Diet foods are not for children.
But Weiss spent a year trying to introduce more veggies and activity and fewer treats into her slightly-overweight daughter’s life and her daughter was still diagnosed as ‘obese’ and then Measures Were Taken. TO HER CREDIT, every time she would give her daughter a 100-calorie pack of Thinsnax or whatever, she would be remind you (the judgey, whole-foods-eating reader) that there’s a difference between healthy eating and weight-loss eating, and that her daughter’s medical imperative was to lose weight.
What I think Weiss does well in this book is open up a dialogue about what to do when our kids are fat, and then freely admit how conflicting it is. She still wanted to give her daughter a childhood and all the birthday cake that entails, but also wanted her to enter puberty without a reputation as The Fat Girl. THERE ARE NO GOOD ANSWERS. This is not a well-written book, all like ‘giant eyes with never-ending lashes blinking languidly onto tumescent cheeks’ OMG PUT DOWN THE THESAURS PLZ, but it is an interesting one.
French Kids Eat Everything (And Yours Can, Too) by Karen Le Billon
This one is my favorite. It’s my preferred blend of Memoir and Advice Column. Le Billon’s kids ate only the white foods (buns, noodles, chicken breasts), and her French husband and his French family were very unimpressed, and she was like, BUT THIS IS HOW KIDS EAT THOUGH and then she moved to France and no it is not.
And she found the French to be very cagey about their dietary ‘rules,’ possibly because it’s more of a culture of eating than any particular list of Dos and Don’ts, and possibly because it’s hard to dissect your own societal givens, but because Le Billon is American, she does a bit of investigatory socializing and makes a List of Rules and THEY. ARE. GREAT. Eat mostly real food! You don’t have to like it, but you do have to taste it! Kids eat what adults eat! These are rules I can get behind.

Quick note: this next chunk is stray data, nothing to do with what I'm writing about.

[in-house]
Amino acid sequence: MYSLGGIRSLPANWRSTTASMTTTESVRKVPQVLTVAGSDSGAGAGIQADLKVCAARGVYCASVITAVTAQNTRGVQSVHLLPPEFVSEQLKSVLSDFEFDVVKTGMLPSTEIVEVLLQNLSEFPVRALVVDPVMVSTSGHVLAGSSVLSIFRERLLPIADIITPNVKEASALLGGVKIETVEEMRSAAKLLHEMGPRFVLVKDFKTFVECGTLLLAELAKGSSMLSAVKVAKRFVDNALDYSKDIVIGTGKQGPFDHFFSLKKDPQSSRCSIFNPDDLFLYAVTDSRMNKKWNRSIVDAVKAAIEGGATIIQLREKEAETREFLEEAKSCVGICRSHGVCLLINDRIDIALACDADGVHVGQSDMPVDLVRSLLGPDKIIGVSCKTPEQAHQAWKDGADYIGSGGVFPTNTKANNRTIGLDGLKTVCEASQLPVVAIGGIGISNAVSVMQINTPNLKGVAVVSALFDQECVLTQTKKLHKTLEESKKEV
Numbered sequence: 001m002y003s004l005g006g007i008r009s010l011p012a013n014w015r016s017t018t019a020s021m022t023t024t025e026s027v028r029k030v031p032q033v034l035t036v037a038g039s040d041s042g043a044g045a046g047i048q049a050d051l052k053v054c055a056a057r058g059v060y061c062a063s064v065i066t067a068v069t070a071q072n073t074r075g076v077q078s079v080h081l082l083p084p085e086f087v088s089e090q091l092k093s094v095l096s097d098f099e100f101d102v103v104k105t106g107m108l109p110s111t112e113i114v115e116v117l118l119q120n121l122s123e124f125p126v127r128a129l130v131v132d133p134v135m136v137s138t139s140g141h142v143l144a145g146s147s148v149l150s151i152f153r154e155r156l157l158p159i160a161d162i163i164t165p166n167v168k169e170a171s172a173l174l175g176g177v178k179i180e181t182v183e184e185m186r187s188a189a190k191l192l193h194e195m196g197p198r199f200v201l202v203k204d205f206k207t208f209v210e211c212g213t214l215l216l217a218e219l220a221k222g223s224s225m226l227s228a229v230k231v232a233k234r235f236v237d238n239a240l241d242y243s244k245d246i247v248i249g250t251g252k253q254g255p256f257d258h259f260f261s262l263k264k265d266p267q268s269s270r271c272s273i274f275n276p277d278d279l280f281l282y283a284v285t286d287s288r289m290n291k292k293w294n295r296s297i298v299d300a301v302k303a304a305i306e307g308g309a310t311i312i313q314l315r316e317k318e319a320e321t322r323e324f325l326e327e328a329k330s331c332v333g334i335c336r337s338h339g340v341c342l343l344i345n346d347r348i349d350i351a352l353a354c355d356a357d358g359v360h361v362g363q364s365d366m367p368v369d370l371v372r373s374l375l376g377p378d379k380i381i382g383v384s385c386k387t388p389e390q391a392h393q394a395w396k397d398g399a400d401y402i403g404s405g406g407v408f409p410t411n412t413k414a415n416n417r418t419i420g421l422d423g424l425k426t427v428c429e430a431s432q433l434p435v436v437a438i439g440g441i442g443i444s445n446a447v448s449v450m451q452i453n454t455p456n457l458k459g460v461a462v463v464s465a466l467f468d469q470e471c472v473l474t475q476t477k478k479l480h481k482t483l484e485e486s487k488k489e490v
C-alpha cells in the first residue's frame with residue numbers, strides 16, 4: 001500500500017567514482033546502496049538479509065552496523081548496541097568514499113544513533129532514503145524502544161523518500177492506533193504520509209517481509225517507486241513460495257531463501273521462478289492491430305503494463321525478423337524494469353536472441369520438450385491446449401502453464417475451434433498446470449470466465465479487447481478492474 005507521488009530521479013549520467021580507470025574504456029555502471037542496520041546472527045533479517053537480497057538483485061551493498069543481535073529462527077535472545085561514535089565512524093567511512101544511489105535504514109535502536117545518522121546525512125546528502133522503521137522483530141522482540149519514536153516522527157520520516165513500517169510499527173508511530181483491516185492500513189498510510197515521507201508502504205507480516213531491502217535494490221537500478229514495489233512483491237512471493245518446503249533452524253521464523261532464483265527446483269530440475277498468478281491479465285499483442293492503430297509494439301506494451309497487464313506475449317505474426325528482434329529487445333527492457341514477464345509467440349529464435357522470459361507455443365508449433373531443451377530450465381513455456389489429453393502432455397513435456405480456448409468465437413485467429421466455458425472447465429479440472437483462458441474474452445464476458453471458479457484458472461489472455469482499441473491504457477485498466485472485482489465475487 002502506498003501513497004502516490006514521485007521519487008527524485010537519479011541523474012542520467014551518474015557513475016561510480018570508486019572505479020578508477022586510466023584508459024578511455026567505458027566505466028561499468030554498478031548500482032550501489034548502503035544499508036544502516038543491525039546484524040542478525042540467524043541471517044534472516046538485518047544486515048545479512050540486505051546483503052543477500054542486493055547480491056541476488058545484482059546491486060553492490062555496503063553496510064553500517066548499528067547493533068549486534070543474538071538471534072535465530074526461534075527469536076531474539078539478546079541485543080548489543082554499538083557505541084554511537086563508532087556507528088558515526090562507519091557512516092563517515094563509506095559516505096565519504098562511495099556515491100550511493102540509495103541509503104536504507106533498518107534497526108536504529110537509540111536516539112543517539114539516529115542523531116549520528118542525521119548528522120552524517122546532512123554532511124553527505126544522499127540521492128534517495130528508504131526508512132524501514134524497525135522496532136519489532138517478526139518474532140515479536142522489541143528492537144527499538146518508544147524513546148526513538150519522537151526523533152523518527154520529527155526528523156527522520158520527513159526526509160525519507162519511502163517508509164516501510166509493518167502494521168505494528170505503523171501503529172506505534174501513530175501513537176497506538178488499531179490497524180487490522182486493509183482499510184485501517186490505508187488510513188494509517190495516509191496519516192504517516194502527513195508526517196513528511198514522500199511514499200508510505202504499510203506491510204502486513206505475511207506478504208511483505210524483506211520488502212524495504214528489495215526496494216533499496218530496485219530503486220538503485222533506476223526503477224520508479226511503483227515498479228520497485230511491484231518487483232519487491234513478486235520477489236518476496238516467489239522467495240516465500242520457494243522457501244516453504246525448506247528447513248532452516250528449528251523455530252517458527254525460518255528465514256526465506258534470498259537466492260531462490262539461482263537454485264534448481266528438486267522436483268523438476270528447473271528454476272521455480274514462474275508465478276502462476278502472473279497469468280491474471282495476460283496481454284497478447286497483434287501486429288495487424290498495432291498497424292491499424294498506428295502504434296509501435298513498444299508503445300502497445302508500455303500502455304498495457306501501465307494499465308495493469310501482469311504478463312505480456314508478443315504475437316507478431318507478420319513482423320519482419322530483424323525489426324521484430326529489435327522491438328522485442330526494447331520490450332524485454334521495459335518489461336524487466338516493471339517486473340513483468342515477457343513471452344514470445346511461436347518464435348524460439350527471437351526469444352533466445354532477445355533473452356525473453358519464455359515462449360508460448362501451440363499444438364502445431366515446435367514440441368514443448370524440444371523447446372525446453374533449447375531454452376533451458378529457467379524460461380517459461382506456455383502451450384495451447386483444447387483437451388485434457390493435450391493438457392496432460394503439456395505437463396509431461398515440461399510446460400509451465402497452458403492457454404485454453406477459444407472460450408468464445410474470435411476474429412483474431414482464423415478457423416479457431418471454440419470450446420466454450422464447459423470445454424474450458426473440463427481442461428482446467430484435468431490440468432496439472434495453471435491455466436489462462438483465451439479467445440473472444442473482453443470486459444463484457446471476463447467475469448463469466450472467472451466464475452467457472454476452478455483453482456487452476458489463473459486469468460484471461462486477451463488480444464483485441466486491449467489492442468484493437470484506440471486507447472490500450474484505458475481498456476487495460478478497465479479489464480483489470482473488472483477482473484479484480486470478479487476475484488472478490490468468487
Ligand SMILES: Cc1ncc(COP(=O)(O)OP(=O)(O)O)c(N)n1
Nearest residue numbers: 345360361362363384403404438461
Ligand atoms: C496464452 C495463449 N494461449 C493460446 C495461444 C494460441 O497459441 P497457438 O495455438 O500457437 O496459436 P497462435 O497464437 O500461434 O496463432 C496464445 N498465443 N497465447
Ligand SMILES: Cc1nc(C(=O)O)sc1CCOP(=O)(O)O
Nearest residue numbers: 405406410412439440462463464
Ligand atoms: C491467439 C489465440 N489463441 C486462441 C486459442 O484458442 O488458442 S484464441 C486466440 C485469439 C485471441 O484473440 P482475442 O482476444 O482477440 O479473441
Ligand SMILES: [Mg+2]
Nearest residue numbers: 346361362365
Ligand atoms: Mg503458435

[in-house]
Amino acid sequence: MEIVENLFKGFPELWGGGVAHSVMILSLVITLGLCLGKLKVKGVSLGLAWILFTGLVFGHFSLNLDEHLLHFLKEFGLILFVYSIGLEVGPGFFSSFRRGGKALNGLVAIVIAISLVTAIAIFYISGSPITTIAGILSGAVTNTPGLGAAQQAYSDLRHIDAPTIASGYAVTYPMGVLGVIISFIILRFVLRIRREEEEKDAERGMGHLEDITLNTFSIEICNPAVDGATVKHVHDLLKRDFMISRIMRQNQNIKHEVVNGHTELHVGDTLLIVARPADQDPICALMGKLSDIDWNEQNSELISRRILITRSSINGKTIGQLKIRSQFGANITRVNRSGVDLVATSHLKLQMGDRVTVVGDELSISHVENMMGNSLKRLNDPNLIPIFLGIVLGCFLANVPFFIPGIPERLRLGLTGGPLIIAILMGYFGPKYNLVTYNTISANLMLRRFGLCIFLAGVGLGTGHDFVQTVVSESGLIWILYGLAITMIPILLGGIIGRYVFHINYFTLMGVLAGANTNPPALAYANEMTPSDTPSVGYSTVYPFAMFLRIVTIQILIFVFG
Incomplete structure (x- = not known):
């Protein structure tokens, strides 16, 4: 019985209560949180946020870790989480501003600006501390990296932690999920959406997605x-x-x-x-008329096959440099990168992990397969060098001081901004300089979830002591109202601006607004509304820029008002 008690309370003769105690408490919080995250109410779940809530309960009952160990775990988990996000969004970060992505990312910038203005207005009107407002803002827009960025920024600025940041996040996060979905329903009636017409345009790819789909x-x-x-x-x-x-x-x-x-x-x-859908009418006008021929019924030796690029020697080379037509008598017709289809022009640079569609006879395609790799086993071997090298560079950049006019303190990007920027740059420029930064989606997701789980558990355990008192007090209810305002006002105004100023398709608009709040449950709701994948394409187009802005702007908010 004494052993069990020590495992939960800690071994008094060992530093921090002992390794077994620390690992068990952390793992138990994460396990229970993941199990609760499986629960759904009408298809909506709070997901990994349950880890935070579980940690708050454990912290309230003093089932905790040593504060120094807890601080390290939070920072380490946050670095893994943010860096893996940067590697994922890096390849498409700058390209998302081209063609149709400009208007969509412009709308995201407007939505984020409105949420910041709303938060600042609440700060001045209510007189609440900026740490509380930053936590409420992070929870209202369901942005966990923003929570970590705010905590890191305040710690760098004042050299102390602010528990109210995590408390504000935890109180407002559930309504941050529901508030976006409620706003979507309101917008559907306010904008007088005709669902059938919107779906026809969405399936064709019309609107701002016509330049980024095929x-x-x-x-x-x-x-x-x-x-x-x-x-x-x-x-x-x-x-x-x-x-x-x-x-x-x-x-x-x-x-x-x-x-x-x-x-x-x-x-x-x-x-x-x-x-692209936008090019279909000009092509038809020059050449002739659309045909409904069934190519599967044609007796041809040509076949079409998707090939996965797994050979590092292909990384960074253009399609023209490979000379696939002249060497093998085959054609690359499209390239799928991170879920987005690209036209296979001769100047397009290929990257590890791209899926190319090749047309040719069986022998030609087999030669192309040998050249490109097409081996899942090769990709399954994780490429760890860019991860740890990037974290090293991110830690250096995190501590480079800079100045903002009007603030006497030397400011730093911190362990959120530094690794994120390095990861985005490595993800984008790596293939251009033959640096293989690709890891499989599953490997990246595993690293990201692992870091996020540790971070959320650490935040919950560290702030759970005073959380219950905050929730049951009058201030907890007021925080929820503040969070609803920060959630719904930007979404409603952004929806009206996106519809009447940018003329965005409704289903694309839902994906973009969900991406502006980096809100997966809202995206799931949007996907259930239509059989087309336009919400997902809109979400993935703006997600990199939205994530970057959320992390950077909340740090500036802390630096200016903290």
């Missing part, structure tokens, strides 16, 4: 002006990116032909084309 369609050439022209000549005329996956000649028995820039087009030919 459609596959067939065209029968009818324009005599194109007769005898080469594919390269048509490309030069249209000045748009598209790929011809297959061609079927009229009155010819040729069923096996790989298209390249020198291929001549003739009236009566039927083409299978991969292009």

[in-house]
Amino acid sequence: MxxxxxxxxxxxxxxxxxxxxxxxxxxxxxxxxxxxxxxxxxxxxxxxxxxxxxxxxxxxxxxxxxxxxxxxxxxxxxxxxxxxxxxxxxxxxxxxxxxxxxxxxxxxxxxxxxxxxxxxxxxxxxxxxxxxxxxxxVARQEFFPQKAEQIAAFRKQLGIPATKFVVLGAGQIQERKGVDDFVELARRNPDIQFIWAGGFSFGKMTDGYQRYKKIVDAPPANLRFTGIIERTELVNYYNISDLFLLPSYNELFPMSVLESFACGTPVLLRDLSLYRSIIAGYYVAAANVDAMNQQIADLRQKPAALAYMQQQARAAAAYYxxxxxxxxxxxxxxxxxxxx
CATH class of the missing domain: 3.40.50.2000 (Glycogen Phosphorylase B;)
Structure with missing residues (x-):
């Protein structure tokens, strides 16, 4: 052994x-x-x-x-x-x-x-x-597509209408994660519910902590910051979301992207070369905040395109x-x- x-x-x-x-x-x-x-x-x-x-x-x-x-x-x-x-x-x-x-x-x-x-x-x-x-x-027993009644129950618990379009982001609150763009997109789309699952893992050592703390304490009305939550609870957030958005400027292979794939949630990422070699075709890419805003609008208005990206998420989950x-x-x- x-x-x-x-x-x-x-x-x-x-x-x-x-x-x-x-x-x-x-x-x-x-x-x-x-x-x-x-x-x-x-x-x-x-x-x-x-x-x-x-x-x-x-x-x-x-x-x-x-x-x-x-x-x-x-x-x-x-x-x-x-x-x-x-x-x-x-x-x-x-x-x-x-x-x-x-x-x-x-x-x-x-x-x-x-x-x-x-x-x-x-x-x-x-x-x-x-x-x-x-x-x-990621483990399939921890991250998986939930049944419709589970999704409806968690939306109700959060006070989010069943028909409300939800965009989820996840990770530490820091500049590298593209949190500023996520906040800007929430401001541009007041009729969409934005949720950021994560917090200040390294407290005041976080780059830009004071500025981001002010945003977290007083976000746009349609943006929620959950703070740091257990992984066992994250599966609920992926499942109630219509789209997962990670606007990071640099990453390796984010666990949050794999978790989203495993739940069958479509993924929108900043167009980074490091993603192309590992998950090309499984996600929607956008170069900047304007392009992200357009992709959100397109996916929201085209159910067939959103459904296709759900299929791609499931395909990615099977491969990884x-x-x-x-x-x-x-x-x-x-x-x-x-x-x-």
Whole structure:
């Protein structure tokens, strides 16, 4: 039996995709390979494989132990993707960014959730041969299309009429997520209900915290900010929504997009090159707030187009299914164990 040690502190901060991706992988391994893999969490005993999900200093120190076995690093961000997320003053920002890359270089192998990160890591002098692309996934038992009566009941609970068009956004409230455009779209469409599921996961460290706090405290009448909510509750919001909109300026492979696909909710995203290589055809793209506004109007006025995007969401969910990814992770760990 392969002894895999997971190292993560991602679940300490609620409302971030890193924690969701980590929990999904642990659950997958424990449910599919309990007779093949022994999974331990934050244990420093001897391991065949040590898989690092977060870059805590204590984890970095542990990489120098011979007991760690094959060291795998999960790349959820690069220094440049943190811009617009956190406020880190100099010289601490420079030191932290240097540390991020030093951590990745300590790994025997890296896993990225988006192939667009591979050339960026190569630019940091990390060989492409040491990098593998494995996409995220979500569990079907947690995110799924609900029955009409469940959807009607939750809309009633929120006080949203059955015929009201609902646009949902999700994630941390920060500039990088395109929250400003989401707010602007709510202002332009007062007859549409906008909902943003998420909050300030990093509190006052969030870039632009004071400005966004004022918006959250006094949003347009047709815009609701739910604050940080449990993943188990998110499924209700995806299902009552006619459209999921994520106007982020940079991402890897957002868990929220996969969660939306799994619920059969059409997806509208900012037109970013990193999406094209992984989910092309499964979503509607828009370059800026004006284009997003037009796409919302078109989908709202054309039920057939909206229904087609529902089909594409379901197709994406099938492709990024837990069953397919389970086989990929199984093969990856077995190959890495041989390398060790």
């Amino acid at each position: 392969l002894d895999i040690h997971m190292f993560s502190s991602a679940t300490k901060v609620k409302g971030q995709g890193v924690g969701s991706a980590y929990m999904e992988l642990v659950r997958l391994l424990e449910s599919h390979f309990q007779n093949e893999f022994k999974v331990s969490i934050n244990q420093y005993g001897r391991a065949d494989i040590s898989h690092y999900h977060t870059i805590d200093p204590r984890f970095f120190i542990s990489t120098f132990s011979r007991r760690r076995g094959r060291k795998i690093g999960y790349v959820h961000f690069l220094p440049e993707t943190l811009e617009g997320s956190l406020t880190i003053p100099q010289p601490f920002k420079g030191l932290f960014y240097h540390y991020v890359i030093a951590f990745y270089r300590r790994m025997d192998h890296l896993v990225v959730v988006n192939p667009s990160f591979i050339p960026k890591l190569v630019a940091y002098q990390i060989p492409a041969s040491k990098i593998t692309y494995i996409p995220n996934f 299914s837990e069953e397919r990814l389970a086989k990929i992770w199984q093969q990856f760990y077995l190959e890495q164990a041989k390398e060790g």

This is why the Joker has poor nutrition.
I super enjoy Le Billon’s honesty, particularly about her early boneheadedness and inability to trust that her kids would learn to eat. It’s hard to raise tiny humans in North America, with ‘Kids’ Menus’ full of mac ‘n cheese and cheese burgers and grilled cheese sandwiches, and to still believe that they can learn to eat beets and capers and shit. I spend a lot of my time at story time or the park explaining why we can’t have a snack now even though other kids are having snacks now, because we don’t run around eating snacks all willy-nilly, so I found it frustrating and jealous-making to read about French daycares with elaborate and healthful menus, about a culture of snacklessness, about people just expecting kids to fall in line. Peer pressure can be your friend.
Anyway. Le Billon and her family eventually moved back home to Canada, so she has experience kicking against the deep-fried goads. This is my go-to recommended read for anyone raising kids in a junk-food-based society, for anyone whose kids only eat the white foods, for anyone who likes to read.
Read any good books lately on feeding your humans? Or on raising them in general?